April 06, 2020
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A guide to Congress’ $2 trillion stimulus and why economists say it may not be enough

Andrew Harnik | AP
Andrew Harnik | AP
From left, Labor Secretary Eugene Scalia, Senate Majority Leader Mitch McConnell of Ky., Treasury Secretary Steven Mnuchin, Senate Minority Leader Sen. Chuck Schumer of N.Y., and White House chief economic adviser Larry Kudlow attend a a meeting to discuss the coronavirus relief bill on Capitol Hill, Md., Friday, March 20, 2020, in Washington.

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WASHINGTON — The record U.S. economic stimulus package provides much-needed aid to small companies and Americans hit hard by the coronavirus, but it falls short of a fiscal elixir that heals the economy and offsets labor-market carnage.

After midnight Wednesday, the White House and Democratic lawmakers said they reached agreement on a $2 trillion bill aimed at limiting the economic hit of the outbreak. The Republican-led Senate may vote later in the day; it must clear the House and be signed by President Donald Trump.

Even with a price tag representing 10 percent of the nation’s output, not all Americans who may need direct payments will receive them and timing remains an issue. The bill — a third phase of coronavirus aid — was tweaked after House Democrats proposed a $2.5 trillion version.

Further stimulus will be needed in the coming days and weeks to further bolster the economy and leaders should begin working on that now, said Jason Furman, a member of Barack Obama’s economic team during the 2008 recession.

“I’ve never seen Congress move so fast to do something so large. Unfortunately, the problem may be larger and faster,” Furman said.

Here are economists’ views of the primary pieces of the latest bill.

Direct checks

For individuals, the package provides direct payments to lower- and middle-income Americans of $1,200 for each adult, as well as $500 for each child. House Democrats had been pushing for bigger payments.

The one-time payment simply isn’t enough depending on the duration of a lockdown and slower business, according to Andrew Husby of Bloomberg Economics. Other analysts, including Claudia Sahm, a former Federal Reserve economist, say it’ll be necessary to send multiple rebates over the course of many months of the downturn.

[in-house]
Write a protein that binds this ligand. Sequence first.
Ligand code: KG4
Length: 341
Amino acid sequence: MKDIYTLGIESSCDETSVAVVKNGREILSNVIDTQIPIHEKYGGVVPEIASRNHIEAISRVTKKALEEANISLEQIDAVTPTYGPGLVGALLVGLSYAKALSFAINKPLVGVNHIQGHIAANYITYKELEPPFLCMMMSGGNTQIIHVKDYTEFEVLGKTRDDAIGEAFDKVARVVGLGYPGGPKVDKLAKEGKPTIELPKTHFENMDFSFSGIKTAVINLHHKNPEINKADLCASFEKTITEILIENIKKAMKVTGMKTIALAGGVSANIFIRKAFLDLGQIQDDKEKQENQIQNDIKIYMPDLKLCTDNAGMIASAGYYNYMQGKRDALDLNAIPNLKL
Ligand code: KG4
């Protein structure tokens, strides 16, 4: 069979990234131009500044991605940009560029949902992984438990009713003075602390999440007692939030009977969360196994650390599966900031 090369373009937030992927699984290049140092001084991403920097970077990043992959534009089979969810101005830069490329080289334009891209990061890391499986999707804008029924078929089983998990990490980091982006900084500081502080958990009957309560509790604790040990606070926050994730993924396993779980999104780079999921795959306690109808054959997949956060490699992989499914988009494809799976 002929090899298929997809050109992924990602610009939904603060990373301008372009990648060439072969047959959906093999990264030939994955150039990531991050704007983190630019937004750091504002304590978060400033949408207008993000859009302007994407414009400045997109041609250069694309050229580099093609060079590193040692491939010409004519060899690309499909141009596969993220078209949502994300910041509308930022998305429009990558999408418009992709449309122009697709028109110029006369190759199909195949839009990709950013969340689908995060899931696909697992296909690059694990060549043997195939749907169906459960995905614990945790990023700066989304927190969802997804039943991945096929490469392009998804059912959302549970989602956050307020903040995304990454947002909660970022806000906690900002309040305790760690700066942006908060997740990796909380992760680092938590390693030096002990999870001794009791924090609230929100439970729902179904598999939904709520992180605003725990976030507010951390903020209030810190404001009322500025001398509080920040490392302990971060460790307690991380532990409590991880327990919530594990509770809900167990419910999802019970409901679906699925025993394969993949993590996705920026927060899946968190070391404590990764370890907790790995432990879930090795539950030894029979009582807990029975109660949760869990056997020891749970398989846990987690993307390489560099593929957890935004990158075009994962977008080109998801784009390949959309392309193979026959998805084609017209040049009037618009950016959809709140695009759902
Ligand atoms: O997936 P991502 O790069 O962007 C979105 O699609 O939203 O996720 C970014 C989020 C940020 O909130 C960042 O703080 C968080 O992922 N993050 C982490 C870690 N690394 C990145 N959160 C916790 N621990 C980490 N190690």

The payment amount doesn’t apply to those making more than $75,000, just above the nation’s median household income. That could prove limiting as many technical, manufacturing and technology positions are cut and those workers find a smaller safety net.

Speed remains a key question, as millions of workers have lost jobs in recent weeks and require those checks to pay rent, make mortgage payments at the beginning of April and satisfy ongoing credit card, auto and student debt payments, as well as afford other daily costs.

Trump indicated checks would go out by April 6, said Senate Minority Leader Chuck Schumer, D-New York, but during the prior recession, it took about two months for them to go out.

Unemployment funds

Under the consensus language, unemployment insurance would be extended by four months, benefits would be bolstered by $600 weekly and eligibility would be expanded to cover more workers.

That would help address a surge in joblessness unprecedented since the Great Depression. Unemployment-insurance claims are projected to skyrocket to 1.5 million for the week ended March 21, after not long ago touching a half-century low, according to a survey of economists by Bloomberg. Forecasts are as high as 4 million.

But this income usually accounts for 50 percent or less of an employee’s regular pay, so it doesn’t offset the income loss, Husby said. Also, many state websites administering claims have been slow amid overwhelming traffic, so some Americans may be waiting longer than normal to receive funds.

Business

Corporations and state and local governments get about $500 billion in assistance. Large firms — those with 500 or more employees — account for roughly half the private U.S. workforce, according to the ADP Research Institute. States disperse much of the health care spending. This component was one of the more contentious in discussions between Democrats and Republicans.

About a quarter of private U.S. jobs are in firms with fewer than 50 employees with a similar share at midsize firms, according to ADP. They’ve been among the hardest hit so far with retail and restaurant closures, so any support for them is key to holding up the broader economy.

Executives at Jefferies Financial Group Inc. suggested that the government should guarantee loans for companies so they can retain and pay workers throughout business disruptions. The bill includes more than $350 billion in cash-flow assistance to small businesses that can be forgiven if the employer maintains payroll for eight weeks. It was championed by Sen. Susan Collins, R-Maine, and negotiated with Democrats.

“It will keep the workers connected to the employer and ensure that they not only are getting their wages but their health insurance if that comes through their employer and any other benefits that come through the employer,” Collins told WSKW on Wednesday.

Amherst Pierpont Securities economist Stephen Stanley, who broadly saw small firms as well-covered in the bill, said in a note to clients Tuesday that “there are a lot of difficulties in vetting applicants, but getting money out the door quickly will be vital to keeping small businesses alive and hence keeping workers employed.”

BDN writer Michael Shepherd contributed to this report.

 


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